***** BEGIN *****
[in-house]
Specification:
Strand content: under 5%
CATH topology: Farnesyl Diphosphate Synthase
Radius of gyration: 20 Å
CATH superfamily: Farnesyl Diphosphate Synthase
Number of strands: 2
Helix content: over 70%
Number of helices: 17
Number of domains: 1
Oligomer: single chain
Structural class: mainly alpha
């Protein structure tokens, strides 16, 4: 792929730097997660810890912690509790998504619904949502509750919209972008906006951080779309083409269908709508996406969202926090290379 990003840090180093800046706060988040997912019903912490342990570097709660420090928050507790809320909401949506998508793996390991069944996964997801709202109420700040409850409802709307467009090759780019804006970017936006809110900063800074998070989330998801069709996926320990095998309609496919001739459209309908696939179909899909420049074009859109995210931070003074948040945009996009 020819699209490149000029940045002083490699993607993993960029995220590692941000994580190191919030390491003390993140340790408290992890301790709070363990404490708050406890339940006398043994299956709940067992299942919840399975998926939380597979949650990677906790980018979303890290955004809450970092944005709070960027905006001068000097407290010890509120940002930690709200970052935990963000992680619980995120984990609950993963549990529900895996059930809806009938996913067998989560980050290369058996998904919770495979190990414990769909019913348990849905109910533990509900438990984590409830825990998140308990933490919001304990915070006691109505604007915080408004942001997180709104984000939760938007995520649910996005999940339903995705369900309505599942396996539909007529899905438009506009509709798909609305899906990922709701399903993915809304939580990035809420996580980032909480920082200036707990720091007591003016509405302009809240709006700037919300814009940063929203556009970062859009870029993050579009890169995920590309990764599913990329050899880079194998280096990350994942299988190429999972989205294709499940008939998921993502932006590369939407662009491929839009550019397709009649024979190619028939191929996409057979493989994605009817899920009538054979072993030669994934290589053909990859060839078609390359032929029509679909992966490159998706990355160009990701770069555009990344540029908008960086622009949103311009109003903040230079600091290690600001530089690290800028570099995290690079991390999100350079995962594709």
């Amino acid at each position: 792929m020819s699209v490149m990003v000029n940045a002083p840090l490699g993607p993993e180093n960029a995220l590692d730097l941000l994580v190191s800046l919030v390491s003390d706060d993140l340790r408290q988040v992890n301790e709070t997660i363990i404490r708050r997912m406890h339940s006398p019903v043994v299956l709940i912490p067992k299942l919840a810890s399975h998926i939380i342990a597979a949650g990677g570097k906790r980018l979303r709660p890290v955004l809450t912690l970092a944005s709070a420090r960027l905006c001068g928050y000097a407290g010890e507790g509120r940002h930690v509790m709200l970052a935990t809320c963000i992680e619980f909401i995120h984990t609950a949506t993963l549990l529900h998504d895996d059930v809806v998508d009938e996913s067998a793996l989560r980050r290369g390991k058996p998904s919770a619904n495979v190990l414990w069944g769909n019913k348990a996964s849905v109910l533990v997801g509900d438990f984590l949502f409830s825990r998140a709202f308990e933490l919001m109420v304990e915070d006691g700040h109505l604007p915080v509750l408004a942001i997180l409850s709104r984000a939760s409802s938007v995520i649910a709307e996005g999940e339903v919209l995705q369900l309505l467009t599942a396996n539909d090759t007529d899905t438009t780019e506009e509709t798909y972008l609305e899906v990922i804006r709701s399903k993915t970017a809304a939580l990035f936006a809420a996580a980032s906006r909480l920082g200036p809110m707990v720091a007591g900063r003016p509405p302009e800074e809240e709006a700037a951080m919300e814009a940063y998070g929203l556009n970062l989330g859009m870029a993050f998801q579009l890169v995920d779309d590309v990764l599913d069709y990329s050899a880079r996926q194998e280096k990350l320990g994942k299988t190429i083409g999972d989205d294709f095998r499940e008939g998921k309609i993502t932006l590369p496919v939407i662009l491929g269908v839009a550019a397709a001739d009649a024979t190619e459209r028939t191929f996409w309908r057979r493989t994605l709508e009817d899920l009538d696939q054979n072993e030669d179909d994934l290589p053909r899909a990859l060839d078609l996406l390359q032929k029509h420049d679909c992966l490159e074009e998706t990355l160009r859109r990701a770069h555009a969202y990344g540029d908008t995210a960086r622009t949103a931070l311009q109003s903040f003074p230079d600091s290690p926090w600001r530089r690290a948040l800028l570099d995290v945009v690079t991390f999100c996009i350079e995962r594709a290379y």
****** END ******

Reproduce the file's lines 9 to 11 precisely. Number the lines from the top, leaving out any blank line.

Number of helices: 17
Number of domains: 1
Oligomer: single chain